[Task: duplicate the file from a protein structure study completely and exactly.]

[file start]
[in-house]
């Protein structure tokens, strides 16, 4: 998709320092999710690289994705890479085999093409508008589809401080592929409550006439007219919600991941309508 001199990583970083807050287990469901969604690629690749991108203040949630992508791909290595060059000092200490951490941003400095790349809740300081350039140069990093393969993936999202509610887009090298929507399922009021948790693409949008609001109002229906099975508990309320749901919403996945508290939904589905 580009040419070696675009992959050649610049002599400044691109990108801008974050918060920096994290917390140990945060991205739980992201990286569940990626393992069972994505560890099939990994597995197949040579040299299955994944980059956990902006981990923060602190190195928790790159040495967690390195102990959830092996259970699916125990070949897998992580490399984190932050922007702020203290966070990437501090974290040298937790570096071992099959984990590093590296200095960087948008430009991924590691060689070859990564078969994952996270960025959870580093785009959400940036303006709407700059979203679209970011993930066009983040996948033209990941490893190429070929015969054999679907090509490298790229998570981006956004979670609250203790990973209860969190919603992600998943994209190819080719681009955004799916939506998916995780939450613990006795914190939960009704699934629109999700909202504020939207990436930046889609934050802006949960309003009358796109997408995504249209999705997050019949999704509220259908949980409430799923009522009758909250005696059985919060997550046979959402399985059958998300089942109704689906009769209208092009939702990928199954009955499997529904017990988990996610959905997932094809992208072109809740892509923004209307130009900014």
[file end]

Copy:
[in-house]
């Protein structure tokens, strides 16, 4: 998709320092999710690289994705890479085999093409508008589809401080592929409550006439007219919600991941309508 001199990583970083807050287990469901969604690629690749991108203040949630992508791909290595060059000092200490951490941003400095790349809740300081350039140069990093393969993936999202509610887009090298929507399922009021948790693409949008609001109002229906099975508990309320749901919403996945508290939904589905 580009040419070696675009992959050649610049002599400044691109990108801008974050918060920096994290917390140990945060991205739980992201990286569940990626393992069972994505560890099939990994597995197949040579040299299955994944980059956990902006981990923060602190190195928790790159040495967690390195102990959830092996259970699916125990070949897998992580490399984190932050922007702020203290966070990437501090974290040298937790570096071992099959984990590093590296200095960087948008430009991924590691060689070859990564078969994952996270960025959870580093785009959400940036303006709407700059979203679209970011993930066009983040996948033209990941490893190429070929015969054999679907090509490298790229998570981006956004979670609250203790990973209860969190919603992600998943994209190819080719681009955004799916939506998916995780939450613990006795914190939960009704699934629109999700909202504020939207990436930046889609934050802006949960309003009358796109997408995504249209999705997050019949999704509220259908949980409430799923009522009758909250005696059985919060997550046979959402399985059958998300089942109704689906009769209208092009939702990928199954009955499997529904017990988990996610959905997932094809992208072109809740892509923004209307130009900014």